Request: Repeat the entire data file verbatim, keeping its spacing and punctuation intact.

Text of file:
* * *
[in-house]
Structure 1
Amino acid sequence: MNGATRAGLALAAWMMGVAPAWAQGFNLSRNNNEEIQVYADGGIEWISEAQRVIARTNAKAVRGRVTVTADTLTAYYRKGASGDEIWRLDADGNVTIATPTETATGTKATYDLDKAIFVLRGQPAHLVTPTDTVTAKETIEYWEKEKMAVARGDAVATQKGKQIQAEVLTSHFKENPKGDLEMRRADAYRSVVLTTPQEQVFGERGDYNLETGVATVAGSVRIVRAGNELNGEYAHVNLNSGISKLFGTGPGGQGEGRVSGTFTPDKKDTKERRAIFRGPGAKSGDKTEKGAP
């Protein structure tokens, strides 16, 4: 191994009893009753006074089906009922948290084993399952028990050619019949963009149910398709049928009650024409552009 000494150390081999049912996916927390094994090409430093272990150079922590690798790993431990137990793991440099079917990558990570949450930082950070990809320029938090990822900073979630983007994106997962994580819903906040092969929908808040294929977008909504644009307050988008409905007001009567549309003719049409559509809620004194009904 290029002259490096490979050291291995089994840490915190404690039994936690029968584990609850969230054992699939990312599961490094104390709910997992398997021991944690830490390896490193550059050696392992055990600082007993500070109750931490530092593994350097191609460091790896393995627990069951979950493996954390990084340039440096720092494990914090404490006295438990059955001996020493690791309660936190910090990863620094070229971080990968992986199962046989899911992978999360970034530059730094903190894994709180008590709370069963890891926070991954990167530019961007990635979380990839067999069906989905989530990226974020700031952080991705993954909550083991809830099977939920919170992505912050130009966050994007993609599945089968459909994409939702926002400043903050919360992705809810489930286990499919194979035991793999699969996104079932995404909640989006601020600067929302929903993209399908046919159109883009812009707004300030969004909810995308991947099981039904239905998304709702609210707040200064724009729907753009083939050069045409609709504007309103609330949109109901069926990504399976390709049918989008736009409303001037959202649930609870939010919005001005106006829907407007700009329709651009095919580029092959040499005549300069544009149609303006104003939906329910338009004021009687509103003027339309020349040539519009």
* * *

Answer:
[in-house]
Structure 1
Amino acid sequence: MNGATRAGLALAAWMMGVAPAWAQGFNLSRNNNEEIQVYADGGIEWISEAQRVIARTNAKAVRGRVTVTADTLTAYYRKGASGDEIWRLDADGNVTIATPTETATGTKATYDLDKAIFVLRGQPAHLVTPTDTVTAKETIEYWEKEKMAVARGDAVATQKGKQIQAEVLTSHFKENPKGDLEMRRADAYRSVVLTTPQEQVFGERGDYNLETGVATVAGSVRIVRAGNELNGEYAHVNLNSGISKLFGTGPGGQGEGRVSGTFTPDKKDTKERRAIFRGPGAKSGDKTEKGAP
């Protein structure tokens, strides 16, 4: 191994009893009753006074089906009922948290084993399952028990050619019949963009149910398709049928009650024409552009 000494150390081999049912996916927390094994090409430093272990150079922590690798790993431990137990793991440099079917990558990570949450930082950070990809320029938090990822900073979630983007994106997962994580819903906040092969929908808040294929977008909504644009307050988008409905007001009567549309003719049409559509809620004194009904 290029002259490096490979050291291995089994840490915190404690039994936690029968584990609850969230054992699939990312599961490094104390709910997992398997021991944690830490390896490193550059050696392992055990600082007993500070109750931490530092593994350097191609460091790896393995627990069951979950493996954390990084340039440096720092494990914090404490006295438990059955001996020493690791309660936190910090990863620094070229971080990968992986199962046989899911992978999360970034530059730094903190894994709180008590709370069963890891926070991954990167530019961007990635979380990839067999069906989905989530990226974020700031952080991705993954909550083991809830099977939920919170992505912050130009966050994007993609599945089968459909994409939702926002400043903050919360992705809810489930286990499919194979035991793999699969996104079932995404909640989006601020600067929302929903993209399908046919159109883009812009707004300030969004909810995308991947099981039904239905998304709702609210707040200064724009729907753009083939050069045409609709504007309103609330949109109901069926990504399976390709049918989008736009409303001037959202649930609870939010919005001005106006829907407007700009329709651009095919580029092959040499005549300069544009149609303006104003939906329910338009004021009687509103003027339309020349040539519009």